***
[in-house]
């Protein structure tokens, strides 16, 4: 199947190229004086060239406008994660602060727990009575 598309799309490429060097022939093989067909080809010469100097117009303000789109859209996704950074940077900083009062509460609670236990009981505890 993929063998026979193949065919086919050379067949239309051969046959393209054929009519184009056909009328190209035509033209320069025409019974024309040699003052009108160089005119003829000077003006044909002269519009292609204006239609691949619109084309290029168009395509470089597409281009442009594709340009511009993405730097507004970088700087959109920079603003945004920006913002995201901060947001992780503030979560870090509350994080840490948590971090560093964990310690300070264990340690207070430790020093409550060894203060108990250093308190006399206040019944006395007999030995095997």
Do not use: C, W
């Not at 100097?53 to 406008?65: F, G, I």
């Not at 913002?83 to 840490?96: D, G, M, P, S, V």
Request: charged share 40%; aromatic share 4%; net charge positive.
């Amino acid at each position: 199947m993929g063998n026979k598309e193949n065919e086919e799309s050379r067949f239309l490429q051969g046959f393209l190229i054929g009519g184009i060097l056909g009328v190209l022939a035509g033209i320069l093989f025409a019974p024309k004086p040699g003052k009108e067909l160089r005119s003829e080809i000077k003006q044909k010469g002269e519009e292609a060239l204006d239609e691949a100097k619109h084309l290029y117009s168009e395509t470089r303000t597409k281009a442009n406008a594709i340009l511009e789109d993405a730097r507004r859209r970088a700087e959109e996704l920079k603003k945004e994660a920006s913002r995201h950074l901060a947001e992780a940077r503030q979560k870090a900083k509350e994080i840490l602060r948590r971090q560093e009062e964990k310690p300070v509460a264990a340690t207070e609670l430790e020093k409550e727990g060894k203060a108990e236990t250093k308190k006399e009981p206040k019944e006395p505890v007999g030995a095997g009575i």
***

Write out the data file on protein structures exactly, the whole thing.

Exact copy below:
[in-house]
């Protein structure tokens, strides 16, 4: 199947190229004086060239406008994660602060727990009575 598309799309490429060097022939093989067909080809010469100097117009303000789109859209996704950074940077900083009062509460609670236990009981505890 993929063998026979193949065919086919050379067949239309051969046959393209054929009519184009056909009328190209035509033209320069025409019974024309040699003052009108160089005119003829000077003006044909002269519009292609204006239609691949619109084309290029168009395509470089597409281009442009594709340009511009993405730097507004970088700087959109920079603003945004920006913002995201901060947001992780503030979560870090509350994080840490948590971090560093964990310690300070264990340690207070430790020093409550060894203060108990250093308190006399206040019944006395007999030995095997």
Do not use: C, W
């Not at 100097?53 to 406008?65: F, G, I």
């Not at 913002?83 to 840490?96: D, G, M, P, S, V």
Request: charged share 40%; aromatic share 4%; net charge positive.
């Amino acid at each position: 199947m993929g063998n026979k598309e193949n065919e086919e799309s050379r067949f239309l490429q051969g046959f393209l190229i054929g009519g184009i060097l056909g009328v190209l022939a035509g033209i320069l093989f025409a019974p024309k004086p040699g003052k009108e067909l160089r005119s003829e080809i000077k003006q044909k010469g002269e519009e292609a060239l204006d239609e691949a100097k619109h084309l290029y117009s168009e395509t470089r303000t597409k281009a442009n406008a594709i340009l511009e789109d993405a730097r507004r859209r970088a700087e959109e996704l920079k603003k945004e994660a920006s913002r995201h950074l901060a947001e992780a940077r503030q979560k870090a900083k509350e994080i840490l602060r948590r971090q560093e009062e964990k310690p300070v509460a264990a340690t207070e609670l430790e020093k409550e727990g060894k203060a108990e236990t250093k308190k006399e009981p206040k019944e006395p505890v007999g030995a095997g009575i």